The Federal Reserve is engaged in a colossal transformation of the financial economy. Yet scarcely anyone is noticing.

What it’s doing is like walking a herd of elephants through Midtown Manhattan without attracting much attention. That used to happen in New York in the wee hours — when the circus came to town and elephants walked over the city’s bridges and through its tunnels to Madison Square Garden.

I’m not talking about the Fed’s decisions on short-term interest rates, which get the headlines when the central bank meets, as it did on Wednesday. The Fed kept those rates steady — and fairly high — at about 5.33 percent, in a frustrating battle to subdue inflation.

I’m talking about a remarkably ambitious and poorly understood Fed project known as quantitative tightening — Q.T. for short. That refers to the Fed’s reduction of the Treasury bonds and mortgage-backed securities on its mammoth balance sheet.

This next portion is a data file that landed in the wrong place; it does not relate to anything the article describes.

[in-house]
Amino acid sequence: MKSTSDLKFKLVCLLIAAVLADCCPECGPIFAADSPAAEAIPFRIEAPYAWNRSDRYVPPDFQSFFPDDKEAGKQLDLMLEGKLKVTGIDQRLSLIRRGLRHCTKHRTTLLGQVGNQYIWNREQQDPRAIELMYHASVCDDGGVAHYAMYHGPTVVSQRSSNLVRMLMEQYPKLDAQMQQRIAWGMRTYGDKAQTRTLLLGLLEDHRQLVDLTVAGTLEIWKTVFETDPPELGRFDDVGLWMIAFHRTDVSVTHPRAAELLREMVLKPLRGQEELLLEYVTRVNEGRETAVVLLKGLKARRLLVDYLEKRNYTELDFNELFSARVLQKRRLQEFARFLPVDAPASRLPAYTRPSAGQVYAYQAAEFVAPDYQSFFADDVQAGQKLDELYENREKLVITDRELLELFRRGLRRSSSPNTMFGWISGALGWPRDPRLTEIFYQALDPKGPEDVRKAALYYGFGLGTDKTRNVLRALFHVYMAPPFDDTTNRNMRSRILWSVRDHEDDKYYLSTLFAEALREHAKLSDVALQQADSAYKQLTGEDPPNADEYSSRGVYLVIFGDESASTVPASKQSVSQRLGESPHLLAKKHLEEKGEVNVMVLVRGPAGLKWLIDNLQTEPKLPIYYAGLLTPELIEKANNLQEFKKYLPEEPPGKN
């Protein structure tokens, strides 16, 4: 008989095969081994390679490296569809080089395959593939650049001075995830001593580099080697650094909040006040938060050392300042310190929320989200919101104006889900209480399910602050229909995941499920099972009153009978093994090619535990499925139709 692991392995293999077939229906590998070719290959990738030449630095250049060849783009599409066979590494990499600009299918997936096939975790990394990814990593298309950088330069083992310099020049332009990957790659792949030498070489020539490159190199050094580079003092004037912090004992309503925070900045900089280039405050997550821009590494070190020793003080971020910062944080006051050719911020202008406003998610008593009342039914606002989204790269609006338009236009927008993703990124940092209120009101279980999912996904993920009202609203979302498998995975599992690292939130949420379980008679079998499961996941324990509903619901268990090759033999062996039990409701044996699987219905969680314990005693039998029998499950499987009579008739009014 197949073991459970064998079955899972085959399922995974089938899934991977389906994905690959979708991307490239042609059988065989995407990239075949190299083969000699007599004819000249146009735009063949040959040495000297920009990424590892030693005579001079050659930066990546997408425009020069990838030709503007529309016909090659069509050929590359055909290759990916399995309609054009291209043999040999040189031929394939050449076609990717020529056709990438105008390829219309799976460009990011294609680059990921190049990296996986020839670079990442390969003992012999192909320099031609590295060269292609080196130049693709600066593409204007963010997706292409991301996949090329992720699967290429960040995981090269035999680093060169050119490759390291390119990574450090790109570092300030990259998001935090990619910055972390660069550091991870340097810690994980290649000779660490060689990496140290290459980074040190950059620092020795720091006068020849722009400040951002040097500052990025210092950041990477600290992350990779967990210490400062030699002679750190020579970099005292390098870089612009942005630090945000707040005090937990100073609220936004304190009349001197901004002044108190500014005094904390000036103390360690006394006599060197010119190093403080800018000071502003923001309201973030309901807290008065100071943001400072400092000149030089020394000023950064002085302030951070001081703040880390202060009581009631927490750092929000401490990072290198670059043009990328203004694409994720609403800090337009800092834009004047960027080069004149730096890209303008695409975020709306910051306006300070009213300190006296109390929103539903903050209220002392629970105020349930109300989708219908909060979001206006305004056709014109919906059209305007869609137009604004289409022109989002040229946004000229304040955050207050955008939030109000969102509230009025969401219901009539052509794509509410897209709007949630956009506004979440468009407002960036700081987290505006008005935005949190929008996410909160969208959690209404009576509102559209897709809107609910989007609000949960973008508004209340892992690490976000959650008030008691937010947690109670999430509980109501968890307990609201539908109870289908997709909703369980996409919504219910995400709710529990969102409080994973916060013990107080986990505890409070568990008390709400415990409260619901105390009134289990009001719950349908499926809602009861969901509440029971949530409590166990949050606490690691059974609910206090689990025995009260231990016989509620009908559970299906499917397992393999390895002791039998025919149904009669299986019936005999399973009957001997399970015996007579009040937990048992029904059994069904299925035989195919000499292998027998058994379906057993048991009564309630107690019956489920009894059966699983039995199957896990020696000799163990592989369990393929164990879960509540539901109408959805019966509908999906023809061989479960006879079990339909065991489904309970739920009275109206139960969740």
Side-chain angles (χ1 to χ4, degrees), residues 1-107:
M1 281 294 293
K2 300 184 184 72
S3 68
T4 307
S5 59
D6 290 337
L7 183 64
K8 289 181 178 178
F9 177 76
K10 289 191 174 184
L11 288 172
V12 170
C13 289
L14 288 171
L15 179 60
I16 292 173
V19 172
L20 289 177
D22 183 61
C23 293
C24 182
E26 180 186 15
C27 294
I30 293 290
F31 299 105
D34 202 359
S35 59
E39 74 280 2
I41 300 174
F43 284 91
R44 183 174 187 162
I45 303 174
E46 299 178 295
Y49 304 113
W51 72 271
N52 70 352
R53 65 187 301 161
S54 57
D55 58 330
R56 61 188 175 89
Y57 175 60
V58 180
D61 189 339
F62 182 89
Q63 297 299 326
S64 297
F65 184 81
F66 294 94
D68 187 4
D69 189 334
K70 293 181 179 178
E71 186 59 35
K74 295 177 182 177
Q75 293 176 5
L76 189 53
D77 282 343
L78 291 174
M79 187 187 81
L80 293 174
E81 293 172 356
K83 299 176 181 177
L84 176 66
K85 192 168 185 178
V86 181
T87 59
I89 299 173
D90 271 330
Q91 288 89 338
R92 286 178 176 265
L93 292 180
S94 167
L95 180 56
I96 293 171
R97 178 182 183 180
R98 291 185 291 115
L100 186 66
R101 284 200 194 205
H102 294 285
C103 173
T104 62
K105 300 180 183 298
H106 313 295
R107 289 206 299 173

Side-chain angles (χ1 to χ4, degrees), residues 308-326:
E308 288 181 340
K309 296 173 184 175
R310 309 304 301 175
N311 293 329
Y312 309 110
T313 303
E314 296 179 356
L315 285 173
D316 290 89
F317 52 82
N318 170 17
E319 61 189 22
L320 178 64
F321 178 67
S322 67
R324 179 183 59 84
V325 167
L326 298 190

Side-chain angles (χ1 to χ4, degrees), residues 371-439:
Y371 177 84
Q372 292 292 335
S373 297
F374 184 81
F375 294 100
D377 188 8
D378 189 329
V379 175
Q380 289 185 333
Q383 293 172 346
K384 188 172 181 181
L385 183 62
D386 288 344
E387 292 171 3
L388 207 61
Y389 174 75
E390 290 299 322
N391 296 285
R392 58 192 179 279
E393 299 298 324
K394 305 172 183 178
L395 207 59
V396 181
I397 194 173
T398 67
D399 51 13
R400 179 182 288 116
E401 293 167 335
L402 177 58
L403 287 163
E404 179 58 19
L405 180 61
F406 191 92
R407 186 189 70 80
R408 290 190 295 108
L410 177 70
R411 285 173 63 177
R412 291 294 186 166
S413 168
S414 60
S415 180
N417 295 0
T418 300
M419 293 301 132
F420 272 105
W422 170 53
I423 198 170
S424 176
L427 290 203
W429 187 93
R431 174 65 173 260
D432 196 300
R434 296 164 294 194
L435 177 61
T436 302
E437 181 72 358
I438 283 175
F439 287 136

The central bank said on Wednesday that it would start slowing the pace of this asset paring in June, to $60 billion a month from a maximum reduction of $95 billion a month. It’s not selling securities, just quietly eliminating some as they mature, without reinvesting the proceeds.

These may look like big numbers. Yet on a comparative basis, they are piddling.

Consider that the central bank’s assets peaked two years ago at almost $9 trillion. That sum is roughly one-third of all the goods and services — the gross domestic product — produced in the United States in one year. Now, after much careful effort, the Fed has cut that total to about $7.4 trillion.

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